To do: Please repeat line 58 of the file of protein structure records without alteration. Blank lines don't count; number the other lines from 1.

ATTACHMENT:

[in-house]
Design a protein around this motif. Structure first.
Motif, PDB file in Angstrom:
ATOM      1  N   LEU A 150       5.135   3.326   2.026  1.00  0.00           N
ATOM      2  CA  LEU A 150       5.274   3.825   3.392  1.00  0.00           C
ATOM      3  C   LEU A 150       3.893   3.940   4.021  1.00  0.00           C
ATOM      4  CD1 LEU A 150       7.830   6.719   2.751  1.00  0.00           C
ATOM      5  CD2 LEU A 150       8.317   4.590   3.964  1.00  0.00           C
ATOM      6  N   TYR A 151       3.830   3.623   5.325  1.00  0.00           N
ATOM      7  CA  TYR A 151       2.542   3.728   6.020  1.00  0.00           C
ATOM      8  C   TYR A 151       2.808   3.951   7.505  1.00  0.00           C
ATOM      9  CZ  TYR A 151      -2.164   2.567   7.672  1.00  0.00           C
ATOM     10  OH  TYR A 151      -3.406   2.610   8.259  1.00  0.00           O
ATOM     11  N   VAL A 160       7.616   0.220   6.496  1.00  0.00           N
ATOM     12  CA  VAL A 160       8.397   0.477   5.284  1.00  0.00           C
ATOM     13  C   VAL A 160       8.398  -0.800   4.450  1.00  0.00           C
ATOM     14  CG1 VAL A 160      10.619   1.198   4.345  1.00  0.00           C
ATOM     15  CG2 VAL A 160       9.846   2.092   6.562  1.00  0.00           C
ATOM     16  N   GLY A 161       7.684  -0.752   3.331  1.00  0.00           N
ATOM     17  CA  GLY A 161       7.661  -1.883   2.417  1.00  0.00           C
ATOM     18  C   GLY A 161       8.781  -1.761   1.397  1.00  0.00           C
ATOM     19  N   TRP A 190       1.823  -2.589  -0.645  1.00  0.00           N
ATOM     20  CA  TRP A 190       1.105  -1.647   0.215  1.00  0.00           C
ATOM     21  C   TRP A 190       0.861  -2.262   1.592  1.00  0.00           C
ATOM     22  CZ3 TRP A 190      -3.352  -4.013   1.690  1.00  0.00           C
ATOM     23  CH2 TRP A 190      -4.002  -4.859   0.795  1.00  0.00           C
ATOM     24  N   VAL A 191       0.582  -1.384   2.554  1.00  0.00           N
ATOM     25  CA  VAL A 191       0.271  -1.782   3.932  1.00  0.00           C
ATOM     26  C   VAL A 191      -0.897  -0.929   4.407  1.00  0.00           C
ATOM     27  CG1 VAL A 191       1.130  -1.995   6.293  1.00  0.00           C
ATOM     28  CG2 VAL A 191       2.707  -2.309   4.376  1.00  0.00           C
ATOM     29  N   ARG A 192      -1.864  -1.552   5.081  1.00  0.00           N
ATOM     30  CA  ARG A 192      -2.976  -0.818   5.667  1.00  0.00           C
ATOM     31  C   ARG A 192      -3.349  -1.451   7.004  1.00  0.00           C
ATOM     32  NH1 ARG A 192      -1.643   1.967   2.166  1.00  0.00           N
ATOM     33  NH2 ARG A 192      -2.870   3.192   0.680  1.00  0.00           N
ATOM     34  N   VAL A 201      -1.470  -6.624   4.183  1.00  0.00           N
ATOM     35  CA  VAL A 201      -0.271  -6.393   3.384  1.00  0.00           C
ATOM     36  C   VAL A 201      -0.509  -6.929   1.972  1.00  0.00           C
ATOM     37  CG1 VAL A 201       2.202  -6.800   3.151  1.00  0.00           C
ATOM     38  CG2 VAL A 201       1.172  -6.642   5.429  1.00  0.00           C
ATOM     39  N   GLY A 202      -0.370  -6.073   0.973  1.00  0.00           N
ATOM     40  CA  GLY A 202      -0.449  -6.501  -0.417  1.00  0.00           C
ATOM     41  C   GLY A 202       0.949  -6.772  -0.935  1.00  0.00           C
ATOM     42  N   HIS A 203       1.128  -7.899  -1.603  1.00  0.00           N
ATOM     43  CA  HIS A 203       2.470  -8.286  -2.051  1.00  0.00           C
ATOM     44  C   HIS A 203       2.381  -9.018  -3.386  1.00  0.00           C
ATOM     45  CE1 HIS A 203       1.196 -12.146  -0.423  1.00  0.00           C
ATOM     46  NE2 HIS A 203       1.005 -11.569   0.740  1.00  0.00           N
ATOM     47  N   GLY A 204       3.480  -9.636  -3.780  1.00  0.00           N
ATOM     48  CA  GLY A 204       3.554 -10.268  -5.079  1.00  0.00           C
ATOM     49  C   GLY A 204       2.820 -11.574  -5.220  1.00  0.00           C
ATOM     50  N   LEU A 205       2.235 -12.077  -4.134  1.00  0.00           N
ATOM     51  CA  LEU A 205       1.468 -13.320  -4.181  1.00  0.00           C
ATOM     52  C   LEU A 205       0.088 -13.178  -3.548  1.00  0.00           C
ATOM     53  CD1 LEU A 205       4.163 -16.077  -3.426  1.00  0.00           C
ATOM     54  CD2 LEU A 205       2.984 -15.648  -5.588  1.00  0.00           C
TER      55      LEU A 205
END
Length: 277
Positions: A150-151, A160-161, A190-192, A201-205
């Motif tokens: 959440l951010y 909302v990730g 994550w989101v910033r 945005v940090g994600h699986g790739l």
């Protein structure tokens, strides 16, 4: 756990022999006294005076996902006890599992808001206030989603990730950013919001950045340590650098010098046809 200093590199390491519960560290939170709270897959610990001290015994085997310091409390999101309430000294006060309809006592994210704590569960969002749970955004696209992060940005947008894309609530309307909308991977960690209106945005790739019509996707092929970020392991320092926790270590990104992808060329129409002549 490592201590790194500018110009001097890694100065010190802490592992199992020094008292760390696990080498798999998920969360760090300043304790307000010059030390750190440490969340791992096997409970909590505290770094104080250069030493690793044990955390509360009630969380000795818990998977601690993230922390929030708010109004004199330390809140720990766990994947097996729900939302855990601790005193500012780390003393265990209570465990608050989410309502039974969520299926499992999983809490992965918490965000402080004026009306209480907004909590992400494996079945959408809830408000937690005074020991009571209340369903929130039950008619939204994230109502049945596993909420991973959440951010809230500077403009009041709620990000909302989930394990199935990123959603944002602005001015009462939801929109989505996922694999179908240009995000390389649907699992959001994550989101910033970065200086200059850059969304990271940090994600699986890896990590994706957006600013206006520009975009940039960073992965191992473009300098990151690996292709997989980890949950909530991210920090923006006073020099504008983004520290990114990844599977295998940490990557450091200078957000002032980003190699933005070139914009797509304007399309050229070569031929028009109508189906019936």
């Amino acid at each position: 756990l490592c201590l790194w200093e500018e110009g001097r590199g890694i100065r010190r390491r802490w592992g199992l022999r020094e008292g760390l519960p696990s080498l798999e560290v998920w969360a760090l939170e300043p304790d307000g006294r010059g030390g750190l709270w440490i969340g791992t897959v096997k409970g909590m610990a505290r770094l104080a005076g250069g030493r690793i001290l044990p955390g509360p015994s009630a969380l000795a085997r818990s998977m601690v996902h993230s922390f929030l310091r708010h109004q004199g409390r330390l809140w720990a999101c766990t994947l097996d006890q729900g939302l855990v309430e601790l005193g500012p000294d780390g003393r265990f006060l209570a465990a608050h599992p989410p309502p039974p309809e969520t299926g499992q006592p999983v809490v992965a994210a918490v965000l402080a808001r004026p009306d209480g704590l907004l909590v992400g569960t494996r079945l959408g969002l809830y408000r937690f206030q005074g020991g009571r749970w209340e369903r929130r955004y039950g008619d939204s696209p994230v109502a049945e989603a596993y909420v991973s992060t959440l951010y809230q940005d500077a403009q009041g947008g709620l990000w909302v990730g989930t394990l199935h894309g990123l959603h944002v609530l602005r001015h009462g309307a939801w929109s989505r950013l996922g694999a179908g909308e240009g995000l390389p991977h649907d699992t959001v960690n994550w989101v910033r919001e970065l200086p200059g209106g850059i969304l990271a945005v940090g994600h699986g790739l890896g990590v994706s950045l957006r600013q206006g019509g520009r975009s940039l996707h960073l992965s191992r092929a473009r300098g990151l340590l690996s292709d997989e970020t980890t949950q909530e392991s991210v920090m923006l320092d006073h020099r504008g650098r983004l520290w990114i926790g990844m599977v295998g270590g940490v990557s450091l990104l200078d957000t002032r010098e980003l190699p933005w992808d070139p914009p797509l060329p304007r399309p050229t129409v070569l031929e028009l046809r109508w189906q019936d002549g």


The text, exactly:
TER      55      LEU A 205